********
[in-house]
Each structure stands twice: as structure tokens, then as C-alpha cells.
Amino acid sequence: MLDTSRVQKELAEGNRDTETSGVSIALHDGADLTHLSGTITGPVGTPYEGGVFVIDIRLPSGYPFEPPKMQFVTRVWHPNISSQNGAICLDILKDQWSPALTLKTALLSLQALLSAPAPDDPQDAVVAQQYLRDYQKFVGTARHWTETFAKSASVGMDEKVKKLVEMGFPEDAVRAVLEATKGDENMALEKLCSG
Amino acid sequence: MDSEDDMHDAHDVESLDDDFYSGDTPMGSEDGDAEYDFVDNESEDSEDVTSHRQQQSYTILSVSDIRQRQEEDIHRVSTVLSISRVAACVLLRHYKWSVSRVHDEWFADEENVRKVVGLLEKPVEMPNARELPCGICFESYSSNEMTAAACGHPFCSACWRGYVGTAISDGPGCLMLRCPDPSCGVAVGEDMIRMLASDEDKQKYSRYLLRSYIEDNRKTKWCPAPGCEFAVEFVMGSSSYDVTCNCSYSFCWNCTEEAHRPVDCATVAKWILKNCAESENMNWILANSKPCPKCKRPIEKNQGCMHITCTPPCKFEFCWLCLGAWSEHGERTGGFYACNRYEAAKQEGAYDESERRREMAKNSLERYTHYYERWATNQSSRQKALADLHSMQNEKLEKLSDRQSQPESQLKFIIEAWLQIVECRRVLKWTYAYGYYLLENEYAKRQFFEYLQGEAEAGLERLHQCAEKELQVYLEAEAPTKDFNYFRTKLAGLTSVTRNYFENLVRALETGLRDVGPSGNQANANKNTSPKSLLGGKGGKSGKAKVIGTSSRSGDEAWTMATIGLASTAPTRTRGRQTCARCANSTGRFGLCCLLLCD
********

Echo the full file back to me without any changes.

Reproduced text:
[in-house]
Each structure stands twice: as structure tokens, then as C-alpha cells.
Amino acid sequence: MLDTSRVQKELAEGNRDTETSGVSIALHDGADLTHLSGTITGPVGTPYEGGVFVIDIRLPSGYPFEPPKMQFVTRVWHPNISSQNGAICLDILKDQWSPALTLKTALLSLQALLSAPAPDDPQDAVVAQQYLRDYQKFVGTARHWTETFAKSASVGMDEKVKKLVEMGFPEDAVRAVLEATKGDENMALEKLCSG
Amino acid sequence: MDSEDDMHDAHDVESLDDDFYSGDTPMGSEDGDAEYDFVDNESEDSEDVTSHRQQQSYTILSVSDIRQRQEEDIHRVSTVLSISRVAACVLLRHYKWSVSRVHDEWFADEENVRKVVGLLEKPVEMPNARELPCGICFESYSSNEMTAAACGHPFCSACWRGYVGTAISDGPGCLMLRCPDPSCGVAVGEDMIRMLASDEDKQKYSRYLLRSYIEDNRKTKWCPAPGCEFAVEFVMGSSSYDVTCNCSYSFCWNCTEEAHRPVDCATVAKWILKNCAESENMNWILANSKPCPKCKRPIEKNQGCMHITCTPPCKFEFCWLCLGAWSEHGERTGGFYACNRYEAAKQEGAYDESERRREMAKNSLERYTHYYERWATNQSSRQKALADLHSMQNEKLEKLSDRQSQPESQLKFIIEAWLQIVECRRVLKWTYAYGYYLLENEYAKRQFFEYLQGEAEAGLERLHQCAEKELQVYLEAEAPTKDFNYFRTKLAGLTSVTRNYFENLVRALETGLRDVGPSGNQANANKNTSPKSLLGGKGGKSGKAKVIGTSSRSGDEAWTMATIGLASTAPTRTRGRQTCARCANSTGRFGLCCLLLCD